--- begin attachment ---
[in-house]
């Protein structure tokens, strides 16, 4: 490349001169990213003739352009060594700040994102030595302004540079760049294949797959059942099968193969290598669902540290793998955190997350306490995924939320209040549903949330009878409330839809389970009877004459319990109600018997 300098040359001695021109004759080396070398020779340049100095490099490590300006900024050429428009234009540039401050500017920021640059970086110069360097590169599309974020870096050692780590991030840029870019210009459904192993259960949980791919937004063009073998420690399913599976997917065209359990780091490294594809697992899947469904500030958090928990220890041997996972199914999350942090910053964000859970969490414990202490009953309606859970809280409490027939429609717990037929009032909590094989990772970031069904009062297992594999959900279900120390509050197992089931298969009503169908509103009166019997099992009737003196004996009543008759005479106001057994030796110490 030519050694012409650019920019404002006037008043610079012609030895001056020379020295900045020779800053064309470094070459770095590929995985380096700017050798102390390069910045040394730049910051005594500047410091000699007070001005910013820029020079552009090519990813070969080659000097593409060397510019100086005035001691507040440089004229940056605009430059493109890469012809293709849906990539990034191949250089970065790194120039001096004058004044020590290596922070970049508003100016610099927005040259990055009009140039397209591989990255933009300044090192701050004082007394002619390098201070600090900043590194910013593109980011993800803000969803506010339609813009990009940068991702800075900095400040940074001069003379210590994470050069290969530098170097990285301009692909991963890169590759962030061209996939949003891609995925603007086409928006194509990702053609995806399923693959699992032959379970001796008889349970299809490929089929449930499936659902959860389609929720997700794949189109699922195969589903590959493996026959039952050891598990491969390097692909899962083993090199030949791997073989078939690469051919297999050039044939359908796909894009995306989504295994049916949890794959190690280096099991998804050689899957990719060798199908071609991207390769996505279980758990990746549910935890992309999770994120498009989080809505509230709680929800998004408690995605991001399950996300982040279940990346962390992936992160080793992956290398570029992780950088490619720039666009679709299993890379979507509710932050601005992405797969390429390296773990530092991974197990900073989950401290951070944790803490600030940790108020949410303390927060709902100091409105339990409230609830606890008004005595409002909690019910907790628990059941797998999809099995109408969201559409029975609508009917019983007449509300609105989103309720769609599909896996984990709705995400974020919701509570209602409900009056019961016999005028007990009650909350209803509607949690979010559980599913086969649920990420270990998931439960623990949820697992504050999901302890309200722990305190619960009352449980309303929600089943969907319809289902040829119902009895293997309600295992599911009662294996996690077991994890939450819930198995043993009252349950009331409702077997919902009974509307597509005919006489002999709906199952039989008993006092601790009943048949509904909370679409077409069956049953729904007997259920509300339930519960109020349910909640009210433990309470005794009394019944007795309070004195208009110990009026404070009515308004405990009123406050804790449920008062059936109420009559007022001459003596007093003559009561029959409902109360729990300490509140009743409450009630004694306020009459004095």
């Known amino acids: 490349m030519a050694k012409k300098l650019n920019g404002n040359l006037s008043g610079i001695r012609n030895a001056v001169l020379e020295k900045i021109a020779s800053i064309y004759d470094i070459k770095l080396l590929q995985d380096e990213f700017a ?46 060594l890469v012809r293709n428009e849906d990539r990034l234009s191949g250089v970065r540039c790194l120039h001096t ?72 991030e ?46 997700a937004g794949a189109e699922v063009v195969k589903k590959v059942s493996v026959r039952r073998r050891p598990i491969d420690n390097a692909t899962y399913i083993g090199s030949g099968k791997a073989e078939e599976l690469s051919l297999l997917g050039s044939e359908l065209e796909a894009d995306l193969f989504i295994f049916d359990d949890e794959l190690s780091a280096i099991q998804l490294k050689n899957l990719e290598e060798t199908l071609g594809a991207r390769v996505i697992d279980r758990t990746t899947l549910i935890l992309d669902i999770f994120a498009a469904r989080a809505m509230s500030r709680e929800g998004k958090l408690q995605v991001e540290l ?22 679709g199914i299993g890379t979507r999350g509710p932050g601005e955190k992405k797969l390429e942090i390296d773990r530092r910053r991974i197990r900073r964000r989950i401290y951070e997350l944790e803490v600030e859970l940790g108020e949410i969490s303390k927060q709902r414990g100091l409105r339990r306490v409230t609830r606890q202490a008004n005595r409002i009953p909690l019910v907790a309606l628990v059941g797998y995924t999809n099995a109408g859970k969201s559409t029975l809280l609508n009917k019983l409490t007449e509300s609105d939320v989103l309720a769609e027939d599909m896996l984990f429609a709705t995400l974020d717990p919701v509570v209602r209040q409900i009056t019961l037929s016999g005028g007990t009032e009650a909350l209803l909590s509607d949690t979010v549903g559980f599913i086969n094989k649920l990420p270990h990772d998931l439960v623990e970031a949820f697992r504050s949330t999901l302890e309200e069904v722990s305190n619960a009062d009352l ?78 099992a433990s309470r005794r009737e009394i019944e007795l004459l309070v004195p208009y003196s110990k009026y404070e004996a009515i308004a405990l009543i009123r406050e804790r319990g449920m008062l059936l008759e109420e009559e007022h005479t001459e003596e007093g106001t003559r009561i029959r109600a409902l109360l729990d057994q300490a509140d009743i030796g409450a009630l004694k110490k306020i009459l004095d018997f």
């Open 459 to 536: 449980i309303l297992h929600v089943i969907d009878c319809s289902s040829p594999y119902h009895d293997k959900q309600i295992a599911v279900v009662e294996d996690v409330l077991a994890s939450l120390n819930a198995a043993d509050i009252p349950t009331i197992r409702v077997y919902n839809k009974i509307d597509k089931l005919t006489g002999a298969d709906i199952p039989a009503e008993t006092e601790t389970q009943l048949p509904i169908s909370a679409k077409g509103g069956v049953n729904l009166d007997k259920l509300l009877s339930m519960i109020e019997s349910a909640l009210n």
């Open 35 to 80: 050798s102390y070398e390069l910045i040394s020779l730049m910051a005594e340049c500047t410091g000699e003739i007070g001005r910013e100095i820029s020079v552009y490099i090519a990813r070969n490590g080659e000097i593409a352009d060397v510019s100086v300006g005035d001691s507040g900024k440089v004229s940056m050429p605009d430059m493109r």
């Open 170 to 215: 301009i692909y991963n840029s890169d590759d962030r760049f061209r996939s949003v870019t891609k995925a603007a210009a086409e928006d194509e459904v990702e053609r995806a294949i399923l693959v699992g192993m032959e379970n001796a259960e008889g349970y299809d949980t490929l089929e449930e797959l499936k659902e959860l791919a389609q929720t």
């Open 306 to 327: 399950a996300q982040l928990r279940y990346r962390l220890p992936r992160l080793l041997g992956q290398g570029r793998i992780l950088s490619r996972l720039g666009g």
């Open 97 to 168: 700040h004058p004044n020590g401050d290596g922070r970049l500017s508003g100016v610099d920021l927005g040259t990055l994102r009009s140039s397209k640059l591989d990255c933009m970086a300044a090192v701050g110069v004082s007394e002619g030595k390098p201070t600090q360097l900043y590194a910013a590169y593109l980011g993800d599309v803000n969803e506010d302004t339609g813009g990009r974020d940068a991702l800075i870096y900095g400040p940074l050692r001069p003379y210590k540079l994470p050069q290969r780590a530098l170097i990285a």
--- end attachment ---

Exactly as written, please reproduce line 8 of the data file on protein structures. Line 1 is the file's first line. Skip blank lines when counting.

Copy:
């Open 97 to 168: 700040h004058p004044n020590g401050d290596g922070r970049l500017s508003g100016v610099d920021l927005g040259t990055l994102r009009s140039s397209k640059l591989d990255c933009m970086a300044a090192v701050g110069v004082s007394e002619g030595k390098p201070t600090q360097l900043y590194a910013a590169y593109l980011g993800d599309v803000n969803e506010d302004t339609g813009g990009r974020d940068a991702l800075i870096y900095g400040p940074l050692r001069p003379y210590k540079l994470p050069q290969r780590a530098l170097i990285a």